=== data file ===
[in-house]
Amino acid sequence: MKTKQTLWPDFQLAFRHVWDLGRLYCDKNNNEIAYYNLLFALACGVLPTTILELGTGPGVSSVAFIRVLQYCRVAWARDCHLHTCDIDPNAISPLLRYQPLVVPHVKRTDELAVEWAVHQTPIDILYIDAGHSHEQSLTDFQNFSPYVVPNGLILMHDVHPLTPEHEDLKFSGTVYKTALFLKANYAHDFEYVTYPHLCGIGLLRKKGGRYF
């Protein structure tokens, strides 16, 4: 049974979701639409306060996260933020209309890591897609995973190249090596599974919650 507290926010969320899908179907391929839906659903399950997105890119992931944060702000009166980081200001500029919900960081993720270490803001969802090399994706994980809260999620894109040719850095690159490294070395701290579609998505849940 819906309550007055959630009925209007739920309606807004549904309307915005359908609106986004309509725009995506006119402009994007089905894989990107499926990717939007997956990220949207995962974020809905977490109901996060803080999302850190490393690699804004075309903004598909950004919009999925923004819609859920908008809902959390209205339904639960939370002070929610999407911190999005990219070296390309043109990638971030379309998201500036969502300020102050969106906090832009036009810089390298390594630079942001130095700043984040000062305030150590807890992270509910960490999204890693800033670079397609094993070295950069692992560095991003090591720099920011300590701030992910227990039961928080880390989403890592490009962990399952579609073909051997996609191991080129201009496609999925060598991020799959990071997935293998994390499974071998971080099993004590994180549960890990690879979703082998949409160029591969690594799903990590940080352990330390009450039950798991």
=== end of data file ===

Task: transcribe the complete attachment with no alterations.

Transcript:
[in-house]
Amino acid sequence: MKTKQTLWPDFQLAFRHVWDLGRLYCDKNNNEIAYYNLLFALACGVLPTTILELGTGPGVSSVAFIRVLQYCRVAWARDCHLHTCDIDPNAISPLLRYQPLVVPHVKRTDELAVEWAVHQTPIDILYIDAGHSHEQSLTDFQNFSPYVVPNGLILMHDVHPLTPEHEDLKFSGTVYKTALFLKANYAHDFEYVTYPHLCGIGLLRKKGGRYF
């Protein structure tokens, strides 16, 4: 049974979701639409306060996260933020209309890591897609995973190249090596599974919650 507290926010969320899908179907391929839906659903399950997105890119992931944060702000009166980081200001500029919900960081993720270490803001969802090399994706994980809260999620894109040719850095690159490294070395701290579609998505849940 819906309550007055959630009925209007739920309606807004549904309307915005359908609106986004309509725009995506006119402009994007089905894989990107499926990717939007997956990220949207995962974020809905977490109901996060803080999302850190490393690699804004075309903004598909950004919009999925923004819609859920908008809902959390209205339904639960939370002070929610999407911190999005990219070296390309043109990638971030379309998201500036969502300020102050969106906090832009036009810089390298390594630079942001130095700043984040000062305030150590807890992270509910960490999204890693800033670079397609094993070295950069692992560095991003090591720099920011300590701030992910227990039961928080880390989403890592490009962990399952579609073909051997996609191991080129201009496609999925060598991020799959990071997935293998994390499974071998971080099993004590994180549960890990690879979703082998949409160029591969690594799903990590940080352990330390009450039950798991």